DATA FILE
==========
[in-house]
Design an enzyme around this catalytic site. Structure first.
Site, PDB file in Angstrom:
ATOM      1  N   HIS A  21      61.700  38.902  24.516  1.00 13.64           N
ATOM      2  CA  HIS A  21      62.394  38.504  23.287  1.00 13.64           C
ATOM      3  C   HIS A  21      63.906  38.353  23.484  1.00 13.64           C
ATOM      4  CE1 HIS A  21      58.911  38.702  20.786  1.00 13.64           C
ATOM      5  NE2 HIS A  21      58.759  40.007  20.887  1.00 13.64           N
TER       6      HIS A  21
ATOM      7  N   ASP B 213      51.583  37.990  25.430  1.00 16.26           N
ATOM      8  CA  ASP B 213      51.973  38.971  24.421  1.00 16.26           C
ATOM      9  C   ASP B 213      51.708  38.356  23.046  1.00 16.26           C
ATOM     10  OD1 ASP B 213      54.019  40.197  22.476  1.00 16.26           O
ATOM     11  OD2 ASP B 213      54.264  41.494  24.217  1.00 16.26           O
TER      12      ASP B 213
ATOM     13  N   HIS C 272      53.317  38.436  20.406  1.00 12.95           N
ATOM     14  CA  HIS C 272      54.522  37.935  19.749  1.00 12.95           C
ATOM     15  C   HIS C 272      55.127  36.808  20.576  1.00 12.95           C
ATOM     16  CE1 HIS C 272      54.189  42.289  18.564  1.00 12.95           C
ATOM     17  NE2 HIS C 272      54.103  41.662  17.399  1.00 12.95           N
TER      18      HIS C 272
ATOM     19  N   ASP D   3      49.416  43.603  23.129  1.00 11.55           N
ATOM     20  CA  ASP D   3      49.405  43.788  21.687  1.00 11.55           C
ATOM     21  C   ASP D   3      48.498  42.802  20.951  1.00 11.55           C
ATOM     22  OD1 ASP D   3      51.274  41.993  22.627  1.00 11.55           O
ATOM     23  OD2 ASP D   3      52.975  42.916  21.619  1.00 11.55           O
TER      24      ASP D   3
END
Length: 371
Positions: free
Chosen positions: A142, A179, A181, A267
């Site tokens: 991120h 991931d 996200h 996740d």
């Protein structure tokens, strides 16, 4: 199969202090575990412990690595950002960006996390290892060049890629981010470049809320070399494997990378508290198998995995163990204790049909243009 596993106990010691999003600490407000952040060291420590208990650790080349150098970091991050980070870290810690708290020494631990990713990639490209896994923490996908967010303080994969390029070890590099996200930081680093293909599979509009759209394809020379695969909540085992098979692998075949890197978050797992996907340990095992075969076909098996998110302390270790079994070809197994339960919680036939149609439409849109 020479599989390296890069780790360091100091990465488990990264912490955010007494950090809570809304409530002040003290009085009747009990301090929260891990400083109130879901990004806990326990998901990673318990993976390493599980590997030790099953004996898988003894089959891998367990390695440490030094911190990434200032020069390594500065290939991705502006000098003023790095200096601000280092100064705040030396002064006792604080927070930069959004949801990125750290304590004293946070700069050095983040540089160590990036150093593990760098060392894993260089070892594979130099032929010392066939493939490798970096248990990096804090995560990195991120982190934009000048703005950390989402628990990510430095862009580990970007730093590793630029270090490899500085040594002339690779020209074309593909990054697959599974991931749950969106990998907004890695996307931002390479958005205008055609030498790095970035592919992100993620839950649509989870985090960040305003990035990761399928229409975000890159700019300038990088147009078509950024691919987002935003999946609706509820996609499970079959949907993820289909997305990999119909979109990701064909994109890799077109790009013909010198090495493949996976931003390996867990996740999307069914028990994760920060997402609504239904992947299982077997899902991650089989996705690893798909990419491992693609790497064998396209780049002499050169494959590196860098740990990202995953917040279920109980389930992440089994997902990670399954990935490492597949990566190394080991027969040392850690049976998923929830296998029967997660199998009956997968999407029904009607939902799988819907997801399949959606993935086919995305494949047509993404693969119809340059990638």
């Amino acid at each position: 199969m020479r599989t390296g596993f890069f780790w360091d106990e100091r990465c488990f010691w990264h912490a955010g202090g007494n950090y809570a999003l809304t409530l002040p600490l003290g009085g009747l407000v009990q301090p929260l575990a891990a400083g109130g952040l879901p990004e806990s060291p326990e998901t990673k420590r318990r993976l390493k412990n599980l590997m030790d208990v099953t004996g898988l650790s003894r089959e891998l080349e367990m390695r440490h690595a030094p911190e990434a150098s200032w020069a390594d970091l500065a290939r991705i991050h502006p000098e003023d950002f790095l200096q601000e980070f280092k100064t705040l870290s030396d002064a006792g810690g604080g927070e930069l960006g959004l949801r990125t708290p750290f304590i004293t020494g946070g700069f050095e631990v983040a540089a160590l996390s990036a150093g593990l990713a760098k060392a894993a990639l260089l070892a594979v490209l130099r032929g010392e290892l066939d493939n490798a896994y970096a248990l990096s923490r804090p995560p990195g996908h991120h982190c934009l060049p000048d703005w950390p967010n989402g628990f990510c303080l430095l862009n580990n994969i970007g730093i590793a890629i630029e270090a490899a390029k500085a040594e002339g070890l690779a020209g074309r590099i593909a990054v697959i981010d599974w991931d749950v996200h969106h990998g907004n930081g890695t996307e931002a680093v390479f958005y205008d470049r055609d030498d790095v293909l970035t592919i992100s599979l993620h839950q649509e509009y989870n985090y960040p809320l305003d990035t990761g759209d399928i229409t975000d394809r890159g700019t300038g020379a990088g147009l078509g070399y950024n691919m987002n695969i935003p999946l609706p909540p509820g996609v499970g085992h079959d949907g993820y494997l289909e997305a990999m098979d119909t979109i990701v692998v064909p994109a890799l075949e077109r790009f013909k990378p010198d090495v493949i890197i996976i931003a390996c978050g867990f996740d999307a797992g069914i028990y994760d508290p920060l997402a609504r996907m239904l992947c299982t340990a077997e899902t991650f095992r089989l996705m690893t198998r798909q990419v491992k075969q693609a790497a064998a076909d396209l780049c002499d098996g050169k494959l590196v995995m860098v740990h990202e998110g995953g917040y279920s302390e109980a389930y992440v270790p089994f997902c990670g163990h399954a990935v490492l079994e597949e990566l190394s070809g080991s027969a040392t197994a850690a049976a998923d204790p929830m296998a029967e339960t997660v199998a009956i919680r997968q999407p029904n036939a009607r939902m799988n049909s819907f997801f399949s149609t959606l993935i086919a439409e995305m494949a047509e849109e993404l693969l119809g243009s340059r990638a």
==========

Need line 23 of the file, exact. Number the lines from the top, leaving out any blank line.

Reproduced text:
ATOM     20  CA  ASP D   3      49.405  43.788  21.687  1.00 11.55           C